On April 3, 1882, outlaw Jesse James was shot to death in St. Joseph, Missouri – or was he? (The Man Who Would Be Jesse James)

A young girl’s quiet night of reading in bed is turned upside down when she is attacked by an unseen phantom! (The Summer I Didn’t Sleep)

A convicted killer is hung on the gallows… twice. (A Moment of Agony)

In 1945, “Flight 19” vanished in the Atlantic off the coast of Florida – and the mystery of what happened still terrifies aviators to this day. (The Mysterious Disappearance of Flight 19)

If you’re new here, welcome to the show! While you’re listening, be sure to check out WeirdDarkness.com for merchandise, my newsletter, enter contests, to connect with me on social media, plus, you can visit the Hope in the Darkness page if you’re struggling with depression or dark thoughts. You can find all of that and more at WeirdDarkness.com.

Now.. bolt your doors, lock your windows, turn off your lights, and come with me into the Weird Darkness!

It began as nothing more than a routine training flight. At 2:10 p.m. on December 5, 1945, five TBM Avenger torpedo bombers took off from a Naval Air Station in Ft. Lauderdale, Florida. The planes—collectively known as “Flight 19”—were scheduled to tackle a three-hour exercise known as “Navigation Problem Number One.” Their triangular flight plan called for them to head east from the Florida coast and conduct bombing runs at a place called Hens and Chickens Shoals. They would then turn north and proceed over Grand Bahama Island before changing course a third time and flying southwest back to base. Save for one plane that only carried two men, each of the Avengers was crewed by three Navy men or Marines, most of whom had logged around 300 hours in the air. The flight’s leader was Lieutenant Charles C. Taylor, an experienced pilot and veteran of several combat missions in World War II’s Pacific Theater.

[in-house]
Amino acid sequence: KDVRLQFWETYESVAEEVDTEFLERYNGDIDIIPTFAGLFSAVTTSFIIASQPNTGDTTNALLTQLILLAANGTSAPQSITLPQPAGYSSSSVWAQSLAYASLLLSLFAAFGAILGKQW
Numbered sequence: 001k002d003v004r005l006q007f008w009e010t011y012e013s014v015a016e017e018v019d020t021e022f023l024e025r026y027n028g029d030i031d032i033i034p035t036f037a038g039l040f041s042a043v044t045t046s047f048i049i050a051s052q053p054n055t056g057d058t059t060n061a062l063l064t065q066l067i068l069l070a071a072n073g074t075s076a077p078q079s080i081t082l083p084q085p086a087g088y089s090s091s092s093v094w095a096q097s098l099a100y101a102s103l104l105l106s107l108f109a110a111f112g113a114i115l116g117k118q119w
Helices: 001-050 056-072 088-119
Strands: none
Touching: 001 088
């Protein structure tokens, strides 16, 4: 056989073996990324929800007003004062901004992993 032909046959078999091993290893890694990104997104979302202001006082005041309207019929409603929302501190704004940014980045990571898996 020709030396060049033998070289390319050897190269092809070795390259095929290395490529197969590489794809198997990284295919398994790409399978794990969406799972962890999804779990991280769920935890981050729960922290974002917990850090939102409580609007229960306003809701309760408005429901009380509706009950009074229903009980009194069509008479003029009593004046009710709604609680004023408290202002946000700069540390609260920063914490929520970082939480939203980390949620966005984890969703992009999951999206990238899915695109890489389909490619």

At first, Flight 19’s hop proceeded just as smoothly as the previous 18 that day. Taylor and his pilots buzzed over Hens and Chickens Shoals around 2:30 p.m. and dropped their practice bombs without incident. But shortly after the patrol turned north for the second leg of its journey, something very strange happened. For reasons that are still unclear, Taylor became convinced that his Avenger’s compass was malfunctioning and that his planes had been flying in the wrong direction. The troubles only mounted after a front blew in and brought rain, gusting winds and heavy cloud cover. Flight 19 became hopelessly disoriented. “I don’t know where we are,” one of the pilots said over the radio. “We must have got lost after that last turn.”